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I want to show that every prime power $p^k$ that divides $\binom{2m}{m}$ is smaller than or equal to $2m$.

As a first step, I looked at $$\binom{2m}{m} = \frac{(2m)!}{(m!)^2} = \frac{2m(2m-1) \ldots (m+2)(m+1)}{m!} \, .$$ Here I'm essentially stuck. I can apply the prime factorization to numerator and denominator, then I can cancel and I know that $p^k$ is left over in the numerator. But I cannot conclude $p^k \leq 2m$.

I feel that some vital ingredient is missing here, but I don't know what it is.

(Post edited with respect to the helpful comment.)

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    $\begingroup$ $\binom 21=2$ is an exception $\endgroup$ – Mark Bennet May 27 '14 at 17:41
  • $\begingroup$ Oh, you're right. It's supposed to be "smaller or equal" and $p^k \leq 2m$. I dropped that because I wasn't aware of the exception. Thanks. $\endgroup$ – Amarus May 27 '14 at 18:11
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Hint: Let $\alpha_{n, p}$ be the largest natural number such that $p^{\alpha_{n, p}}\mid n!$ for $n\in\mathbb{N}$ and $p$ prime. Then $$\alpha_{n, p}=\sum_{k=1}^{\infty}{\left[\frac{n}{p^k}\right]},$$ where $[x]$ is the integer part of $x$.

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  • $\begingroup$ Does that help, @Amarus? $\endgroup$ – Shaun May 27 '14 at 18:46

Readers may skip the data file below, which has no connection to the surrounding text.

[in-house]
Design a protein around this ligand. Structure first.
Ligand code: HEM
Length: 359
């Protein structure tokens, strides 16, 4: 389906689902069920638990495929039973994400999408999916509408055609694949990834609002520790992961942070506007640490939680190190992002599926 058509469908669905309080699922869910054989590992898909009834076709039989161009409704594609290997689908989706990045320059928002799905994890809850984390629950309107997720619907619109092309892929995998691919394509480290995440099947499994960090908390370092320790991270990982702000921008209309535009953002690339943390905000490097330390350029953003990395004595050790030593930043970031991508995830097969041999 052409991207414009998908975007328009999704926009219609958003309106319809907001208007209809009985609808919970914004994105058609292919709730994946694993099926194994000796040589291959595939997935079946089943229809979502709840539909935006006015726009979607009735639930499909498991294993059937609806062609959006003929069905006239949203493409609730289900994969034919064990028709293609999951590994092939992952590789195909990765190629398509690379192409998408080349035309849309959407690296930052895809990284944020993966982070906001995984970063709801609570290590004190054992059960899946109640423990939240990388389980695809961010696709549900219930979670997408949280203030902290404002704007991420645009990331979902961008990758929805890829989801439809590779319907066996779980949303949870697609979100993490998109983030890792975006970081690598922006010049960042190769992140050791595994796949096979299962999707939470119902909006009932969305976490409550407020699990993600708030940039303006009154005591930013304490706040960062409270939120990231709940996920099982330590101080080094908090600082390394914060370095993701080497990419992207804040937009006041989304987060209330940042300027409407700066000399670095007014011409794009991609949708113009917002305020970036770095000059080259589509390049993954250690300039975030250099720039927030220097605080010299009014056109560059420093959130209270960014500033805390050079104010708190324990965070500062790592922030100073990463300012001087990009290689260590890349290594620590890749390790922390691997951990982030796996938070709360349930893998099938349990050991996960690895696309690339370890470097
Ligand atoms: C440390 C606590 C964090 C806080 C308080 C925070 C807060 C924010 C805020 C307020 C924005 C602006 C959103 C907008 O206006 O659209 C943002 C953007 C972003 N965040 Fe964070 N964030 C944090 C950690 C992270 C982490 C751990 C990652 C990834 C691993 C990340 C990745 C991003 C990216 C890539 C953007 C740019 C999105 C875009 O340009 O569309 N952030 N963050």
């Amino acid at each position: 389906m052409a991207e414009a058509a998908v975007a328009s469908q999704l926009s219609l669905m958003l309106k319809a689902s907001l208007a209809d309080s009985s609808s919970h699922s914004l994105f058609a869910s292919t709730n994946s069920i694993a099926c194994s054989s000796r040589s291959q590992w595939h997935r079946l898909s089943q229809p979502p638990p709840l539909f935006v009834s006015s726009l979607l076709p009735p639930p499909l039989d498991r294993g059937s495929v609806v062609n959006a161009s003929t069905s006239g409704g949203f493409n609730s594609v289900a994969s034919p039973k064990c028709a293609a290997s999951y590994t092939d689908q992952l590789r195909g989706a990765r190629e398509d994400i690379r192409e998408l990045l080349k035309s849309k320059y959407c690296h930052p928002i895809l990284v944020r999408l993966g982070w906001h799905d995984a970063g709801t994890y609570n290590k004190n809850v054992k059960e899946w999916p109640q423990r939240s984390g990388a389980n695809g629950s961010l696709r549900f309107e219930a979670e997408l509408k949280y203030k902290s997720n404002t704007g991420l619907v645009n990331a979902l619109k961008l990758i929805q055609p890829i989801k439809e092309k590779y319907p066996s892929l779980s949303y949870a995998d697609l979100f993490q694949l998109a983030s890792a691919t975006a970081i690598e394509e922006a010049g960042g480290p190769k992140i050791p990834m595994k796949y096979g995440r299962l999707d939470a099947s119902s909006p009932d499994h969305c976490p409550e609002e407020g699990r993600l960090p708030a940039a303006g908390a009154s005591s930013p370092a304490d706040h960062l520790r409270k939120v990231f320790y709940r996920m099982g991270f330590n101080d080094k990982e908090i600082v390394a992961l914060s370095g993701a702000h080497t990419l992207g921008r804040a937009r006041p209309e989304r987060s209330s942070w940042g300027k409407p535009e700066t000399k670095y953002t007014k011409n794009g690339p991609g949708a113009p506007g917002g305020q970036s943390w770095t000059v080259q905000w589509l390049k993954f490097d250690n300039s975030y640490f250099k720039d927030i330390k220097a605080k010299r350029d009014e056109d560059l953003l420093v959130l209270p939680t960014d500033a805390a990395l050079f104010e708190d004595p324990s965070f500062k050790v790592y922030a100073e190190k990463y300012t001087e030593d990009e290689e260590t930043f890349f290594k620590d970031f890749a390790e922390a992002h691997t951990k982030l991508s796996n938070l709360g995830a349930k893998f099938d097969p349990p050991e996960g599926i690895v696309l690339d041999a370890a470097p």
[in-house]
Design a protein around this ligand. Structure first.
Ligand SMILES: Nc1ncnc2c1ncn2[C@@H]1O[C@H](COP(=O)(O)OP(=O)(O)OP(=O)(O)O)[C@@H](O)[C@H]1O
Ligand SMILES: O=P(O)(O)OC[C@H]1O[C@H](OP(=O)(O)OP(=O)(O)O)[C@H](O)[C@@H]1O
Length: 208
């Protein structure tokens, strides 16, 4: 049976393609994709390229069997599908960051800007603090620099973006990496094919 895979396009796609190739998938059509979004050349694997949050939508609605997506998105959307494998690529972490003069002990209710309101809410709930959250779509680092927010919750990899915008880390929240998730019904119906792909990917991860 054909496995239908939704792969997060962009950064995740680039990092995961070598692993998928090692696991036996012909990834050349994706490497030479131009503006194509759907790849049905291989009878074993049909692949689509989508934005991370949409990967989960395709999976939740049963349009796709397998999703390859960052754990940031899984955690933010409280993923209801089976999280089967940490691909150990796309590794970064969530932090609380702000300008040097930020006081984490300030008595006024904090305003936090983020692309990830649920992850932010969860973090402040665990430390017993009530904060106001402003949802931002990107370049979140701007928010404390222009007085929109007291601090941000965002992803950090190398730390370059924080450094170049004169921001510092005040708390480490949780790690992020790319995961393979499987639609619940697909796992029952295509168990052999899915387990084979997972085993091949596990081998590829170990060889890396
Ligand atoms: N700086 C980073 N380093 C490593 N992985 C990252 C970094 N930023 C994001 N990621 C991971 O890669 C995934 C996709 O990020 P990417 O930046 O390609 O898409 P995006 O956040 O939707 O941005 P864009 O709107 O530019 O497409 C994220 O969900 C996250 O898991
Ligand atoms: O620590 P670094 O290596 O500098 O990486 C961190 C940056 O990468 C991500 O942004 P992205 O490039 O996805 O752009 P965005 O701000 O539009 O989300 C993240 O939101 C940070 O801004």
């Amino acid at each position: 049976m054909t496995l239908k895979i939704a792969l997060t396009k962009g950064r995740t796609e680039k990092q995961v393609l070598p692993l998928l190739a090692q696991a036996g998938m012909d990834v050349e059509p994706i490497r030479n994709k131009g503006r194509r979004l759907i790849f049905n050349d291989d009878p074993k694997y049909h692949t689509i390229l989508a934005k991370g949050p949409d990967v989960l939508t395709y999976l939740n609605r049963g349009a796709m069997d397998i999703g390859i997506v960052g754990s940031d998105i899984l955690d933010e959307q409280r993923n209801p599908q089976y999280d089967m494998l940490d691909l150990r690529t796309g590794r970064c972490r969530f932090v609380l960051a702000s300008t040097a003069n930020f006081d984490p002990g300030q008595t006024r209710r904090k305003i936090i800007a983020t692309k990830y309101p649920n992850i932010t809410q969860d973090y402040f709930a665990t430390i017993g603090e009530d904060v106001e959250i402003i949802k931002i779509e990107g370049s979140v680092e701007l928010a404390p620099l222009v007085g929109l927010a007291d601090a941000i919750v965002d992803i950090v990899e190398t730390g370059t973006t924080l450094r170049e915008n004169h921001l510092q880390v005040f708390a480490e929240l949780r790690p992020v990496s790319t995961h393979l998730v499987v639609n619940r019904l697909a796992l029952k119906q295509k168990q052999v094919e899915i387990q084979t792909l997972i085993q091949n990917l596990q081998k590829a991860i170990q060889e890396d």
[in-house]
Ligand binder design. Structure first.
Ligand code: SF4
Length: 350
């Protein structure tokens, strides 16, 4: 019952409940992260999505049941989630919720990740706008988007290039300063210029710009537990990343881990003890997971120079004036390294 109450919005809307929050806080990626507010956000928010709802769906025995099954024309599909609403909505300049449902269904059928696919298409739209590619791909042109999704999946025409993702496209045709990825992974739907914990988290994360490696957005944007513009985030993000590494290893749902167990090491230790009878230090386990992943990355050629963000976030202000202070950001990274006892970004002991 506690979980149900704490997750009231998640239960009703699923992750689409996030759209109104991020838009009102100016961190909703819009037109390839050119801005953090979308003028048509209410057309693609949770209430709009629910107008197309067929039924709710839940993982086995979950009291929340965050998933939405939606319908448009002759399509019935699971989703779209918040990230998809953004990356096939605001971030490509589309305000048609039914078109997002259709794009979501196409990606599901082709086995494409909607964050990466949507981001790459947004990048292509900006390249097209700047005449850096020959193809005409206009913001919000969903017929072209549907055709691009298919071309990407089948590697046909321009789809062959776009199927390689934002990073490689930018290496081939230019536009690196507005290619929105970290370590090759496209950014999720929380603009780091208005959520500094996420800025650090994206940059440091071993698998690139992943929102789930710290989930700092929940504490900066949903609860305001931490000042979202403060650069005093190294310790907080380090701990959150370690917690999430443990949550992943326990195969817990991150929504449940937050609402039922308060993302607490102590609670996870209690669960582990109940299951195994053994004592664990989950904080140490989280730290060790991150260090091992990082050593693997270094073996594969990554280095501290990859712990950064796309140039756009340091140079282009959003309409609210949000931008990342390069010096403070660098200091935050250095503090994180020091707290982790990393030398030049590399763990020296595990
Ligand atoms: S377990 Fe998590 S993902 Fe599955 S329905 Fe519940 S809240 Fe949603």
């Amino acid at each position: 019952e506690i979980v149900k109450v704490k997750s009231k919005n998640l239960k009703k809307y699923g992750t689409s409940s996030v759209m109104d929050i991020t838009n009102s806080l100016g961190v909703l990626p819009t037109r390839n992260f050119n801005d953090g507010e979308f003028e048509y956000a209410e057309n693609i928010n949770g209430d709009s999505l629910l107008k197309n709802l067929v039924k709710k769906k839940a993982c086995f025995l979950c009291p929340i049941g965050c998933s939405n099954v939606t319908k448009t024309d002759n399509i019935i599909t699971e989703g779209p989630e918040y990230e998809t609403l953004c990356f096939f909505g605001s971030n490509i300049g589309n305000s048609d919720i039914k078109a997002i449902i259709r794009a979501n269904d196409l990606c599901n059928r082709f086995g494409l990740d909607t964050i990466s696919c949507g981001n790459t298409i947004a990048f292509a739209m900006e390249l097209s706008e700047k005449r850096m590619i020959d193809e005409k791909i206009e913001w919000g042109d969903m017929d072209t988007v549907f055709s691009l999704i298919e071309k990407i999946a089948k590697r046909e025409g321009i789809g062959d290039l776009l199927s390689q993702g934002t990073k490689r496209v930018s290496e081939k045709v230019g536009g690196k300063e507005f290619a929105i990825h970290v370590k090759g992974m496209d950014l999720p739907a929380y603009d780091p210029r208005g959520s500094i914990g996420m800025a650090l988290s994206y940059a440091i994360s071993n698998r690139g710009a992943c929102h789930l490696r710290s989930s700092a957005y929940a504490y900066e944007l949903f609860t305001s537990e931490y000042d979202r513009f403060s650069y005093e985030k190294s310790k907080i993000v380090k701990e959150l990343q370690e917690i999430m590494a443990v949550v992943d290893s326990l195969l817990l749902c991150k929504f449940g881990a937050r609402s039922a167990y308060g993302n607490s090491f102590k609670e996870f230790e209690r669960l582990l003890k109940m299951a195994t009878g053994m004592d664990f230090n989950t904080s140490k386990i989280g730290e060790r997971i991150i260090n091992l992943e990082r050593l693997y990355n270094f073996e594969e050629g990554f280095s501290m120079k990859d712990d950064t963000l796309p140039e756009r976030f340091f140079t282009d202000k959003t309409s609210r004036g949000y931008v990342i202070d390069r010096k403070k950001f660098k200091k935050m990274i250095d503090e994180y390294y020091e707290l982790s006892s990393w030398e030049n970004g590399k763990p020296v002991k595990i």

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    $\begingroup$ I'm still trying to figure it out. We want to count with what multiplicity $p$ occurs in the prime factorization of $n! \,$. $\left\lfloor \frac{n}{p} \right\rfloor$ is the number of elements in $\left\{1, \ldots, n\right\}$ that are divided by $p$ at least once, $\left\lfloor \frac{n}{p^2} \right\rfloor$ the number of such elements that are divided by $p$ at least two times and so on. So we can add those up until $\left\lfloor \frac{n}{p^k} \right\rfloor$ is less than $1$ to obtain the number of occurences of $p$ in the prime factorization of $n!\,$. Is that about right? $\endgroup$ – Amarus May 27 '14 at 20:47
  • $\begingroup$ Yeah, exactly :) $\endgroup$ – Shaun May 27 '14 at 20:50
  • $\begingroup$ (If this answers your question, please don't forget to accept it by clicking the tick $\ddot\smile$) $\endgroup$ – Shaun May 28 '14 at 13:36
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    $\begingroup$ Another hint: consider $$\alpha_{2n, p}.$$ $\endgroup$ – Shaun May 31 '14 at 10:17

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